Emily Penn: We would have to be comfortable that we could actually get that information, and not all funds are able to provide that.
Craig Turnbull: Yes, we believe it will be a crucial element of the insurance asset management servicing proposition that they provide complete, granular, timely asset data reporting to support insurers' requirements in this respect.
Emily Penn: From an internal model perspective, we probably want to look at it more like, 'You may at this time have 20% in equities, but the fund could move to be 50% in equities,' and we have to allow for that in the model.
Craig Turnbull: We think it will be important to understand how the particular fund's risk profile is constructed and what risk controls are in place. For example, is it a fund that, like in your example, has carte blanche to increase its equities exposure to 50% next year because of an investment view? Or does it have a constrained risk process that places clear quantitative limits on the risk appetite of the fund? If it is the latter, it can be modelled on that basis.
Gareth Collard: That would be a practical way to model it, but I am not sure whether that is convincing in terms of the regulator's view. With path dependency and frictional costs, in extreme scenarios it could be quite a complicated model.
Bruce Porteous: But, in a sense, these comments are not really specific to absolute return and apply to all sorts of insurer risks that are tricky to model. Catastrophe risks in general insurance and complex investment guarantee risks in life insurance, for example. Moreover, as modelling techniques have improved over the years, insurers have learned how to effectively measure and manage what used to be considered difficult risks.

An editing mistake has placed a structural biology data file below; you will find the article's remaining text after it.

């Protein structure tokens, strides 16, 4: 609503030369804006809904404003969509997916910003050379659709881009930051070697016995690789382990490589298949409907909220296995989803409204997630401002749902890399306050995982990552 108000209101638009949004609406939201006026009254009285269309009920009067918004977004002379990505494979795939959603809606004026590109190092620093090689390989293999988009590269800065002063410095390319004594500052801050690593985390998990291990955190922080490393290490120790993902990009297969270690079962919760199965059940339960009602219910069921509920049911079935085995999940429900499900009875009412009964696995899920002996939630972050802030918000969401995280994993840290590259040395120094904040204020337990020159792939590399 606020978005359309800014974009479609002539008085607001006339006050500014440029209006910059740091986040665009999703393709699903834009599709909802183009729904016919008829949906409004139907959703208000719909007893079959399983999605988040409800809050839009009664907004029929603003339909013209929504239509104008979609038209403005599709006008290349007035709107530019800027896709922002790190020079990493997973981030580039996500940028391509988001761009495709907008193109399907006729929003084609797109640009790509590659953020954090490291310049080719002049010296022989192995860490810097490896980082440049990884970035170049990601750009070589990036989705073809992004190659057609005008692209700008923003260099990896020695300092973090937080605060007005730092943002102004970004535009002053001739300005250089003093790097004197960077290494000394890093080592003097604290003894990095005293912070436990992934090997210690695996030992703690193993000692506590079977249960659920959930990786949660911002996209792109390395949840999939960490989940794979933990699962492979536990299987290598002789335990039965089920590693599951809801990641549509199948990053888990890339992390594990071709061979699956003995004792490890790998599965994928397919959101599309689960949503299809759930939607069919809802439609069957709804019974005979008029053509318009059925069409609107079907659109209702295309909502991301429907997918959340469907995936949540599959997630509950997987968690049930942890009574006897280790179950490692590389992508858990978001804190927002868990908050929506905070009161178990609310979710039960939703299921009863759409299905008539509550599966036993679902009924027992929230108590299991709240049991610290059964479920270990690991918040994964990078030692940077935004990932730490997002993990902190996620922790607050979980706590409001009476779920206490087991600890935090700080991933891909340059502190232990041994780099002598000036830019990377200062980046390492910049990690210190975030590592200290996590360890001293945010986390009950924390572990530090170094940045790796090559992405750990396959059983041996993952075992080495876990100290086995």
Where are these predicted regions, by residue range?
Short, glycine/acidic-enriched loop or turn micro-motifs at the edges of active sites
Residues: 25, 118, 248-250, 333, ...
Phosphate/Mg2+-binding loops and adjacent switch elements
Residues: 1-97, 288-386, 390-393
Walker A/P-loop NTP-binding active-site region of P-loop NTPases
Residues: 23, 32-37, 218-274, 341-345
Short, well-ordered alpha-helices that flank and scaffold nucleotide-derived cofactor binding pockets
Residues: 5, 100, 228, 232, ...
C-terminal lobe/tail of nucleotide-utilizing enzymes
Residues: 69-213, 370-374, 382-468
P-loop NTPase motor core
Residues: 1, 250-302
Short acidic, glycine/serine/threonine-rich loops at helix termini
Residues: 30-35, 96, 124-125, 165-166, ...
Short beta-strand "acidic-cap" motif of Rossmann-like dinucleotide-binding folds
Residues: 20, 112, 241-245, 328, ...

Gareth Collard: True, but for most of us on the life insurance side – particularly annuity writers – the asset portfolio is static, so it's relatively straightforward to model; we do not have to make assumptions about trading in or out.
Modelling a dynamic fund
Eddie Gimlette: It is very much in the nature of an absolute return fund that we would expect it to evolve as our future expectations about liquidity, correlations and returns change.
Gareth Collard: I assume that you have to be transparent with your clients about those changes?
Eddie Gimlette: Absolutely. We report on all those changes and why we have done it. We report the profit and loss of each strategy, typically each quarter.
Gareth Collard: A firm with a substantial amount invested in the fund would have to change its internal model in response to those changes, would it not?
Craig Turnbull: It depends to a degree on how the internal model is constructed. If the internal model already includes the underlying risk exposures of the fund, the fund's line-by-line asset positions can simply be fed into the internal model. So all you are changing is what you put into the sausage machine, if you like, rather than having to fundamentally change the machine itself.